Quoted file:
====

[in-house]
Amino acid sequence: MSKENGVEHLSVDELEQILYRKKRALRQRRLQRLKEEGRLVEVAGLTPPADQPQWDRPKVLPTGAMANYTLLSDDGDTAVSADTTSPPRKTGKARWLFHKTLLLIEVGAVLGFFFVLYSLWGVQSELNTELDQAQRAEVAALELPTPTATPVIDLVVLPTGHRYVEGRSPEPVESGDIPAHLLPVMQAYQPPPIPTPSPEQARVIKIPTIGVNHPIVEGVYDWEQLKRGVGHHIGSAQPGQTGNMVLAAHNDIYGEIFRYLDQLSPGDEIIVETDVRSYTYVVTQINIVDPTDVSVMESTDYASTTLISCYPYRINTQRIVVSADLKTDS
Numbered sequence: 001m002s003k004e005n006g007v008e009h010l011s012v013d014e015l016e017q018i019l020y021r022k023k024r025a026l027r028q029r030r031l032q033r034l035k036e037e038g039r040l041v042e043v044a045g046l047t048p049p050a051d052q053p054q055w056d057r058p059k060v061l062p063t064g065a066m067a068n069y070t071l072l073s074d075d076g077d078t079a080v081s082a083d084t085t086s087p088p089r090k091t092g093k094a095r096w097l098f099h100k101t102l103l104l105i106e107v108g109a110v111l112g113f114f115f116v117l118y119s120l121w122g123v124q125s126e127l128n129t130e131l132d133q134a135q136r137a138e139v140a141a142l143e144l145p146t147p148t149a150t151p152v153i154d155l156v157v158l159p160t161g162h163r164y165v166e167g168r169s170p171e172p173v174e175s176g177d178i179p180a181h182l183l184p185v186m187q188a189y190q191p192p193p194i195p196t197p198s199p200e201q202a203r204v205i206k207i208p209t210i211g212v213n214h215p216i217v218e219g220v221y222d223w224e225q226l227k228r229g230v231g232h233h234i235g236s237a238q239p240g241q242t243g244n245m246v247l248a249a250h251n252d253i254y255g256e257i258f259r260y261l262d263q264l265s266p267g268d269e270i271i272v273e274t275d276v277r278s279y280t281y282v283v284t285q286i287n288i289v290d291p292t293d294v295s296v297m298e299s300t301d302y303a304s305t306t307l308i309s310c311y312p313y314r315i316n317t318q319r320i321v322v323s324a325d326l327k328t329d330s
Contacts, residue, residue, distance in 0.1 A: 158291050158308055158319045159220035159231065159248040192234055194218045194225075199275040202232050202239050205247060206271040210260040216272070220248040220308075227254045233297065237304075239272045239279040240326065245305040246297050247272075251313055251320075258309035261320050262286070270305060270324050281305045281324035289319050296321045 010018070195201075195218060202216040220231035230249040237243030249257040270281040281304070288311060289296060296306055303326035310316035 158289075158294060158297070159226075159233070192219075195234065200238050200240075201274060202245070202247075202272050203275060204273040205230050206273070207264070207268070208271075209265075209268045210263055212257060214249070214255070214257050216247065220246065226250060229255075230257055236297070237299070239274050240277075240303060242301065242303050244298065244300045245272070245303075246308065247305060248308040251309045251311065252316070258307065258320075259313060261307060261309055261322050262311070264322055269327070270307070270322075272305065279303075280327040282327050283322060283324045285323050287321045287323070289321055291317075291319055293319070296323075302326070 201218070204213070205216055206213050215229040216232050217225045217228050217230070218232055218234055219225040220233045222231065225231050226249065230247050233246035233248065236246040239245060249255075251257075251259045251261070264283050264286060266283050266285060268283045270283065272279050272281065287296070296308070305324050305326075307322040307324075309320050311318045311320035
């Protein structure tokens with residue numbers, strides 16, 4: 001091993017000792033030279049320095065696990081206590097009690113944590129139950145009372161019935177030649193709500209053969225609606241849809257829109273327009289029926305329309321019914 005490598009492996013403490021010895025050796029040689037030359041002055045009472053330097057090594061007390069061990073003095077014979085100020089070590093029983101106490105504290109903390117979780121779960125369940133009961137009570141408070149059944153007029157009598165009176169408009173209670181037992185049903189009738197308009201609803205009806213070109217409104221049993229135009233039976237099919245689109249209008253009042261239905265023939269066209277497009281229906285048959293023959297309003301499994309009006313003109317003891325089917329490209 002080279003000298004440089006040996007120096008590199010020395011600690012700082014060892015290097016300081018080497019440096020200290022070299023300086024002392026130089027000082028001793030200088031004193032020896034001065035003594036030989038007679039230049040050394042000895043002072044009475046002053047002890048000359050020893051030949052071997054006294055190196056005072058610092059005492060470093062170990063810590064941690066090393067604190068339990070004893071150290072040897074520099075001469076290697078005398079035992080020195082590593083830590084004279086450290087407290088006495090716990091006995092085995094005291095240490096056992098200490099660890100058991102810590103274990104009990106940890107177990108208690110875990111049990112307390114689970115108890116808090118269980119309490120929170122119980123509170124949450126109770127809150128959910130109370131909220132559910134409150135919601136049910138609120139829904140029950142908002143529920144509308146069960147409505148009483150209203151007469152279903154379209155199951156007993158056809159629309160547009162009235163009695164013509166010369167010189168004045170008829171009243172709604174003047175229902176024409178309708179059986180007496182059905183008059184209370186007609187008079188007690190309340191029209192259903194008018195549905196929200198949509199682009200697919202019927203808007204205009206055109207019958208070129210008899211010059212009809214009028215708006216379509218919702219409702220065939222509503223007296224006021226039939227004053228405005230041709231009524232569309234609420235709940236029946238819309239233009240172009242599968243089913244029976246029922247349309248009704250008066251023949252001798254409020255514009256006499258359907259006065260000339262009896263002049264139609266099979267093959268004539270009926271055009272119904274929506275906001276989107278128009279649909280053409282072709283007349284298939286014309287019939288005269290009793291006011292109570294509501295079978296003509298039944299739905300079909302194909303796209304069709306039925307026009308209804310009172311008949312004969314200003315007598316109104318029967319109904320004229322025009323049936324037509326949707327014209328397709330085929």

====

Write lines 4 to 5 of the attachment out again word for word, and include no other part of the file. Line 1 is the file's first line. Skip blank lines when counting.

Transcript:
Contacts, residue, residue, distance in 0.1 A: 158291050158308055158319045159220035159231065159248040192234055194218045194225075199275040202232050202239050205247060206271040210260040216272070220248040220308075227254045233297065237304075239272045239279040240326065245305040246297050247272075251313055251320075258309035261320050262286070270305060270324050281305045281324035289319050296321045 010018070195201075195218060202216040220231035230249040237243030249257040270281040281304070288311060289296060296306055303326035310316035 158289075158294060158297070159226075159233070192219075195234065200238050200240075201274060202245070202247075202272050203275060204273040205230050206273070207264070207268070208271075209265075209268045210263055212257060214249070214255070214257050216247065220246065226250060229255075230257055236297070237299070239274050240277075240303060242301065242303050244298065244300045245272070245303075246308065247305060248308040251309045251311065252316070258307065258320075259313060261307060261309055261322050262311070264322055269327070270307070270322075272305065279303075280327040282327050283322060283324045285323050287321045287323070289321055291317075291319055293319070296323075302326070 201218070204213070205216055206213050215229040216232050217225045217228050217230070218232055218234055219225040220233045222231065225231050226249065230247050233246035233248065236246040239245060249255075251257075251259045251261070264283050264286060266283050266285060268283045270283065272279050272281065287296070296308070305324050305326075307322040307324075309320050311318045311320035
């Protein structure tokens with residue numbers, strides 16, 4: 001091993017000792033030279049320095065696990081206590097009690113944590129139950145009372161019935177030649193709500209053969225609606241849809257829109273327009289029926305329309321019914 005490598009492996013403490021010895025050796029040689037030359041002055045009472053330097057090594061007390069061990073003095077014979085100020089070590093029983101106490105504290109903390117979780121779960125369940133009961137009570141408070149059944153007029157009598165009176169408009173209670181037992185049903189009738197308009201609803205009806213070109217409104221049993229135009233039976237099919245689109249209008253009042261239905265023939269066209277497009281229906285048959293023959297309003301499994309009006313003109317003891325089917329490209 002080279003000298004440089006040996007120096008590199010020395011600690012700082014060892015290097016300081018080497019440096020200290022070299023300086024002392026130089027000082028001793030200088031004193032020896034001065035003594036030989038007679039230049040050394042000895043002072044009475046002053047002890048000359050020893051030949052071997054006294055190196056005072058610092059005492060470093062170990063810590064941690066090393067604190068339990070004893071150290072040897074520099075001469076290697078005398079035992080020195082590593083830590084004279086450290087407290088006495090716990091006995092085995094005291095240490096056992098200490099660890100058991102810590103274990104009990106940890107177990108208690110875990111049990112307390114689970115108890116808090118269980119309490120929170122119980123509170124949450126109770127809150128959910130109370131909220132559910134409150135919601136049910138609120139829904140029950142908002143529920144509308146069960147409505148009483150209203151007469152279903154379209155199951156007993158056809159629309160547009162009235163009695164013509166010369167010189168004045170008829171009243172709604174003047175229902176024409178309708179059986180007496182059905183008059184209370186007609187008079188007690190309340191029209192259903194008018195549905196929200198949509199682009200697919202019927203808007204205009206055109207019958208070129210008899211010059212009809214009028215708006216379509218919702219409702220065939222509503223007296224006021226039939227004053228405005230041709231009524232569309234609420235709940236029946238819309239233009240172009242599968243089913244029976246029922247349309248009704250008066251023949252001798254409020255514009256006499258359907259006065260000339262009896263002049264139609266099979267093959268004539270009926271055009272119904274929506275906001276989107278128009279649909280053409282072709283007349284298939286014309287019939288005269290009793291006011292109570294509501295079978296003509298039944299739905300079909302194909303796209304069709306039925307026009308209804310009172311008949312004969314200003315007598316109104318029967319109904320004229322025009323049936324037509326949707327014209328397709330085929």